Profiles in Recovery
John Donovan is a person in long-term recovery with more than four decades of sobriety. Since 1986 he has lectured and taught classes in the U.S. and overseas on recovery from substance use disorder.
Donovan has an undergraduate degree from St. Cloud State University and a graduate degree from Boston University. He has worked as a military drug and alcohol counselor and as a counselor for at-risk teens in a Department of Defense high school. Additionally, John founded the Recovery Community Network (RCN) in 2014 in St. Cloud, MN. The RCN is a Recovery Community Organization devoted to strengthening the recovery community in Central Minnesota. He is currently working as the Project Director for Central Minnesota Remembers Vietnam.
Donovan is a U.S. Army Major whose service included tours in Iraq and Bosnia. He loves his country and is also devoted to his recovery.
I couldn’t predict the outcomes anymore. I would make promises to myself that I would only do a little, I wouldn’t get into trouble, I’d stay away from this person or that group of people and every promise, vow, and solemn resolve would end up getting broken.
I was experiencing negative consequences in every aspect of my life. My family, my education, my employment, my friendships, my legal standing, my social relationships, my self-esteem and mental health all were negatively impacted by my use of drugs and alcohol.
Finally, in a fit of utter despair and divine intervention, I realized that my life would be a lot less complicated if I stopped drinking and drugging.
Advice to Others Seeking Sobriety:
Get in the middle of a recovery community. Surround yourself with people who are successfully dealing with the same problem you have. Learn from them, recreate with them, talk with them. You don’t have to do this alone.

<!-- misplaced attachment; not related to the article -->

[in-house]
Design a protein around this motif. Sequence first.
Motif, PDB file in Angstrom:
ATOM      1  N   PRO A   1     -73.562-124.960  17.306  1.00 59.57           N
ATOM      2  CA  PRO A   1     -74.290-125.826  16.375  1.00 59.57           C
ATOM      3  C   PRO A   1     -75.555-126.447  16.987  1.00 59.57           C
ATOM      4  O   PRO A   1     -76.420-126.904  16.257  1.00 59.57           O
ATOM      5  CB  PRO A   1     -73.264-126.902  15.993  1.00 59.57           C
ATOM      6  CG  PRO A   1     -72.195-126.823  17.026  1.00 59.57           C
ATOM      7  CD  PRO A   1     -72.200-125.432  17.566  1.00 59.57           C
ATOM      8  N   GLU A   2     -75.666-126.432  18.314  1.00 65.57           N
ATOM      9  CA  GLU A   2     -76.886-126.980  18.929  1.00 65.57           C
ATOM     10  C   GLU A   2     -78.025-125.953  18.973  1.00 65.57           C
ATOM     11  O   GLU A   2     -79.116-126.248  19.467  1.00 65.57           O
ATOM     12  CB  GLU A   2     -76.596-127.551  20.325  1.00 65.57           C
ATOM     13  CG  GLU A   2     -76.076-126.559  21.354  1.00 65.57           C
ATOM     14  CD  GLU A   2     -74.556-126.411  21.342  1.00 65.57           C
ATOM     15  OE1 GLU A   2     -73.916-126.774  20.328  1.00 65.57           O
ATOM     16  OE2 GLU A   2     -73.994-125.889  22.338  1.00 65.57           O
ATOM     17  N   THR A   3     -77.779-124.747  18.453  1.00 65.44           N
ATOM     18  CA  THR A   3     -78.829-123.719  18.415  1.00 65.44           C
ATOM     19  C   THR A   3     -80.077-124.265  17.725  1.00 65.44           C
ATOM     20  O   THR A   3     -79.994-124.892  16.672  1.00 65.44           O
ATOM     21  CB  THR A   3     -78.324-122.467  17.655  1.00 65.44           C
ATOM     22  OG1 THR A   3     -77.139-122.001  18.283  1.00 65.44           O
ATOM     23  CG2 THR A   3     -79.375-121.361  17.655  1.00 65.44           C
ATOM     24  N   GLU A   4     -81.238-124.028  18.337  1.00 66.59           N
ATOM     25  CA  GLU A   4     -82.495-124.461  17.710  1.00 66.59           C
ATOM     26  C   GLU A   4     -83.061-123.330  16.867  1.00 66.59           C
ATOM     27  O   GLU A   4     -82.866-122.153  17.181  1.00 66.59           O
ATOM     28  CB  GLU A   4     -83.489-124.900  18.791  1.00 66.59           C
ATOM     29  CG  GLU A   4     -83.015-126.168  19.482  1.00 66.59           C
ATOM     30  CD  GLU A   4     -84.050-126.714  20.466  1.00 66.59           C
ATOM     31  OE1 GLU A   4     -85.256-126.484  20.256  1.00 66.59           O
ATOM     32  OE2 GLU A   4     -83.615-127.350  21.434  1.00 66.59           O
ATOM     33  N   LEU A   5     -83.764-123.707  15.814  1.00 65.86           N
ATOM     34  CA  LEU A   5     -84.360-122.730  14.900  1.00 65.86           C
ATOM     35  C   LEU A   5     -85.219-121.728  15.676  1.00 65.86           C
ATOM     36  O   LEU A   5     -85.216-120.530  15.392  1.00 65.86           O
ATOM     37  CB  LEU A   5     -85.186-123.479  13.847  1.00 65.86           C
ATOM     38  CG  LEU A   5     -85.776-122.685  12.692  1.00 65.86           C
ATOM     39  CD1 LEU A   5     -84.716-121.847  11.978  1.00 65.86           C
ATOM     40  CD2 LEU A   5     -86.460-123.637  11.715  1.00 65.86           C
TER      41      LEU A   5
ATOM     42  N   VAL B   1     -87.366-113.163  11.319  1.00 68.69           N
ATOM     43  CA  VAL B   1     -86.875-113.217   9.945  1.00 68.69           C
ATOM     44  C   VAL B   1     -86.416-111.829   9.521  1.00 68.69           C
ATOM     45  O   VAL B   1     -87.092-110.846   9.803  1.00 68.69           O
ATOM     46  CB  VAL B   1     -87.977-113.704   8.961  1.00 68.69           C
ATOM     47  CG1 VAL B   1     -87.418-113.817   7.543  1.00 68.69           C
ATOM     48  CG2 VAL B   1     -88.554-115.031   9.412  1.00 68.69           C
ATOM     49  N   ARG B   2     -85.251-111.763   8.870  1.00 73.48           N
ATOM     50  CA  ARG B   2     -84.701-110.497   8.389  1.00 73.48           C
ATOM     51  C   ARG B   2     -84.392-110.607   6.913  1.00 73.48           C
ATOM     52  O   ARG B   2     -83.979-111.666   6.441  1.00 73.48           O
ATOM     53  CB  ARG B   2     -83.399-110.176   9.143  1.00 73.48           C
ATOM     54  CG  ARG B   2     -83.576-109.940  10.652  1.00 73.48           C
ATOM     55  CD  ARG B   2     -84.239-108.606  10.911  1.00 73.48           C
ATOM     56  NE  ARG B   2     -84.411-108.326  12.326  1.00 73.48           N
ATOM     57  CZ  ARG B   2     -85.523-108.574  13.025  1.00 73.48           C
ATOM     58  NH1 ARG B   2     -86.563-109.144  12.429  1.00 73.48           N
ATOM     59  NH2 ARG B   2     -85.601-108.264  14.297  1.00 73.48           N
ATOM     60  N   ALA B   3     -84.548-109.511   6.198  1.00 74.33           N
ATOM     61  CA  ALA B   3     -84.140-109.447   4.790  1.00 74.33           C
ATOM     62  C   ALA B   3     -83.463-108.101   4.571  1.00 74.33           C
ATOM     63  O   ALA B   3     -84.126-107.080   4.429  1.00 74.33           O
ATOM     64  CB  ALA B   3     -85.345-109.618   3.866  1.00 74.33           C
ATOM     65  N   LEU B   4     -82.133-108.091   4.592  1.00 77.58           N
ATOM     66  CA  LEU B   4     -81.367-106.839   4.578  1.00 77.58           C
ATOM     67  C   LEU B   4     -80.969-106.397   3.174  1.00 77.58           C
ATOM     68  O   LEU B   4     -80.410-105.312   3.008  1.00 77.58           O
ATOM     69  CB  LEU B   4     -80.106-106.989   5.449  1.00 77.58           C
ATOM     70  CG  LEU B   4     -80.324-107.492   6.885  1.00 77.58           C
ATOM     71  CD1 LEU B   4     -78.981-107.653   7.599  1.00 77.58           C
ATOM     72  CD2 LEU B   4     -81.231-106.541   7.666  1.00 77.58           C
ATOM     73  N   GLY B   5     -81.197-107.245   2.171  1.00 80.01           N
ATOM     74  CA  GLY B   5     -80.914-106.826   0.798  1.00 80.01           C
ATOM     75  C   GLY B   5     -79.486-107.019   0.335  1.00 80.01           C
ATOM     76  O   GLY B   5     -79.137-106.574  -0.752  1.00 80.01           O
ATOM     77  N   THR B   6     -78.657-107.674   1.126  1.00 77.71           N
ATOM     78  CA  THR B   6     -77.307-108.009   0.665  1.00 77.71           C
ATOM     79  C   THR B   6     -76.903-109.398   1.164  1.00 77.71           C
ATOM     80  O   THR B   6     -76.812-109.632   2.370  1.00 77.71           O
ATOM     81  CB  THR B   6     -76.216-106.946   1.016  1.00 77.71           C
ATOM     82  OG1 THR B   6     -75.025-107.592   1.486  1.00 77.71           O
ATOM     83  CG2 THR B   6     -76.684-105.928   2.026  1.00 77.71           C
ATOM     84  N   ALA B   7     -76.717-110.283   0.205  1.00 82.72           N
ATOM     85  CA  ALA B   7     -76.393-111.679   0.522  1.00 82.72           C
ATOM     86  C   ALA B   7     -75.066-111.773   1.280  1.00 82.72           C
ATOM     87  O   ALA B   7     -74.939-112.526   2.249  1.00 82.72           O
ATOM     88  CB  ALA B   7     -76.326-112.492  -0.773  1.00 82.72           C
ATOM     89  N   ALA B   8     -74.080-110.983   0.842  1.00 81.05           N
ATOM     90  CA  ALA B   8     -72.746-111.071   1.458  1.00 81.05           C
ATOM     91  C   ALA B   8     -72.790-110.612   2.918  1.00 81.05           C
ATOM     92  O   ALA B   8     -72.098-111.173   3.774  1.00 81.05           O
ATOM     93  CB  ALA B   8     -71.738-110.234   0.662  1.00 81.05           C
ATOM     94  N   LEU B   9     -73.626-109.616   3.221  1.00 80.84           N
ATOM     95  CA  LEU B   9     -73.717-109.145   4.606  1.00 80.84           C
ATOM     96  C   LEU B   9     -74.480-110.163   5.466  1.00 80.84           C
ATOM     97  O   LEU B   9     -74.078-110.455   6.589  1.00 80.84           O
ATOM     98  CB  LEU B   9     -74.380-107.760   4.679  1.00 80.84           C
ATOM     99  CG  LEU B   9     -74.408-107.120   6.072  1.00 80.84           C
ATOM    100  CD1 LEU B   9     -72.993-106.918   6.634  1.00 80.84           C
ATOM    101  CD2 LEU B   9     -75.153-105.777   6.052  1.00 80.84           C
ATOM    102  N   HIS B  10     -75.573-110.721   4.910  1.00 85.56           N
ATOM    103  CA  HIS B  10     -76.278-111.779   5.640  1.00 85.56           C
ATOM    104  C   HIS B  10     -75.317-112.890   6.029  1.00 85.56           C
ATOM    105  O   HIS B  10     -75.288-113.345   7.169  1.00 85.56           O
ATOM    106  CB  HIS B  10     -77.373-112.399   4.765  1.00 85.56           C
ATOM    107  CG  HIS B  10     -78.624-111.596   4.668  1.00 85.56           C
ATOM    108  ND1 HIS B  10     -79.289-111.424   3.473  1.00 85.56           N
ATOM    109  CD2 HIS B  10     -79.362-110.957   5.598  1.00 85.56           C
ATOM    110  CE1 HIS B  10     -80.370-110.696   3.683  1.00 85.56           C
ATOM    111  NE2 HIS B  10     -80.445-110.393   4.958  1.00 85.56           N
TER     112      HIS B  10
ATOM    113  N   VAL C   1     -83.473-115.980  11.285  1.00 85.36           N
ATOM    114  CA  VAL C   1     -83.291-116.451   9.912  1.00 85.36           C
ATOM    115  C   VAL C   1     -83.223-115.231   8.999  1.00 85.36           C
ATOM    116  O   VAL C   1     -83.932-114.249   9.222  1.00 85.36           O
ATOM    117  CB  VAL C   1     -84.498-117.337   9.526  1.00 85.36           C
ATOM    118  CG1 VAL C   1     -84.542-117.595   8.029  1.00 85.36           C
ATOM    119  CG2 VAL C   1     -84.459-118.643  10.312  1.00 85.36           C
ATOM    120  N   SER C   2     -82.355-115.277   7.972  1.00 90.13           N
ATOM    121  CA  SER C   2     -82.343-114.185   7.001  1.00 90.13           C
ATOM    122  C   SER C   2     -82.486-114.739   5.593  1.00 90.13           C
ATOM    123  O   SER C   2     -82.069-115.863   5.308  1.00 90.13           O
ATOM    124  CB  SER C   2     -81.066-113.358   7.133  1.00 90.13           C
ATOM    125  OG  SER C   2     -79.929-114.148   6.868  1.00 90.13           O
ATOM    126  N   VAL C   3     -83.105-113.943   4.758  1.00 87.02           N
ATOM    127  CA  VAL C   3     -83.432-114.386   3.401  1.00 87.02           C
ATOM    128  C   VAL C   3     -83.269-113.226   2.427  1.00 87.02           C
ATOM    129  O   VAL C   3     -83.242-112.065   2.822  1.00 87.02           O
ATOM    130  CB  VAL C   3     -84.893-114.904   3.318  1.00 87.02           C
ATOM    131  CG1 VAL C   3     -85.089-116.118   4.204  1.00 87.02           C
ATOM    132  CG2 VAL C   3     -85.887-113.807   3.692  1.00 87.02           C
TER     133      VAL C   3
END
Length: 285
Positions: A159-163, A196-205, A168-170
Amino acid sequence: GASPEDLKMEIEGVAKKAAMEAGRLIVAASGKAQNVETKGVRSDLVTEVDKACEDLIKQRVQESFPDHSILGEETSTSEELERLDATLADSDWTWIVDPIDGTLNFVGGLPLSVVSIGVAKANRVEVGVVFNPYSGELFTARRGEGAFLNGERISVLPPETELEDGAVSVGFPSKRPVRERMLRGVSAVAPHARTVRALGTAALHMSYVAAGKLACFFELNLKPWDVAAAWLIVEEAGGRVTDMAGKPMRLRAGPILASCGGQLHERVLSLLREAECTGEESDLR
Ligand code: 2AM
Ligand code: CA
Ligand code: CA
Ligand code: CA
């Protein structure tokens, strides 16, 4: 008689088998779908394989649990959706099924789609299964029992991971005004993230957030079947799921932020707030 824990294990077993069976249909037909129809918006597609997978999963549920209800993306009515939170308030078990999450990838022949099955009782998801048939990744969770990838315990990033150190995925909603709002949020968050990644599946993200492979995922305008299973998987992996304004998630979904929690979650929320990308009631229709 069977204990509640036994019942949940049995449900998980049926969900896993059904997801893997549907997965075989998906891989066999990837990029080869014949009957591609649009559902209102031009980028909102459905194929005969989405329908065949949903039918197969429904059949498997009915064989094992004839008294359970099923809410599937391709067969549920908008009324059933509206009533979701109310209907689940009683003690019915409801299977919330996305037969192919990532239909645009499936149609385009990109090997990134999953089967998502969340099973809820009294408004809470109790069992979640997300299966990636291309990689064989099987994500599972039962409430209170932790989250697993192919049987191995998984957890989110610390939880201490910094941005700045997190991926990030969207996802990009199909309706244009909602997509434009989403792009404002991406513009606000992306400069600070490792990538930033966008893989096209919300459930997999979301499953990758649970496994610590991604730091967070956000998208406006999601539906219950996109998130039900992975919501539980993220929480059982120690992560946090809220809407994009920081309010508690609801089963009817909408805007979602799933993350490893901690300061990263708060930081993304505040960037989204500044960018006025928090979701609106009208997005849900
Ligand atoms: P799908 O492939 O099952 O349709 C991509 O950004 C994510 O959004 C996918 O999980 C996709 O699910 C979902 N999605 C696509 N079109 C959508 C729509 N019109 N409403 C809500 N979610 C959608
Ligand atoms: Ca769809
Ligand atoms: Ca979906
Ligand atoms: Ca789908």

What Helped Me the Most?
I remember how my recovery community accepted me unconditionally. They knew me and they accepted me anyway. There was no judgment. There were no conditions. They just accepted me. Even when my first attempts at sobriety were unsuccessful, they would welcome me back with open arms. I like to say they loved me into sobriety.
Sobriety and Perfectionism:
I try to remember that many times “good is good enough.” I don’t have to achieve perfection. I simply have to try and give my best effort. Perfect and exact is often times too costly, too time-consuming and ultimately impossible to achieve.
Family Traditions Now:
I grew up in an alcoholic family where I would see my parents drunk on a nightly basis. Alcoholism runs in my family and many of my relatives engaged in the same kinds of behaviors.
Today, recovery and sobriety are part of my family tradition. Neither my wife, daughter nor any of my three adorable grandchildren have ever seen me drunk a day in my life.
If you don’t like the life you have right now – give us and give sobriety a try. What do you have to lose? You don’t have to do it forever – just give it a trial run. If you don’t like the results after the first 30 days, we’ll refund your pain and misery.
What Works Now:
Today I focus more on helping others. In my early days of sobriety, I was focused a lot on cleaning up the wreckage from my past. I went to a lot of meetings, therapy, seminars, and conferences. Today I focus on giving away that which was freely given to me.
I have more fun now than I ever did when I was using. Today I go to concerts, sporting events, vacations and they are all drug and alcohol-free. Not once do I worry about going through customs or getting picked up by the police or what my credit card bill is going to look like after the event. Perhaps best of all, I actually remember the event when it is over, and I don’t have a hangover.
SHED THE STIGMA:
If you’re a person in long-term recovery who wants to share your insights, please contact us at [email protected].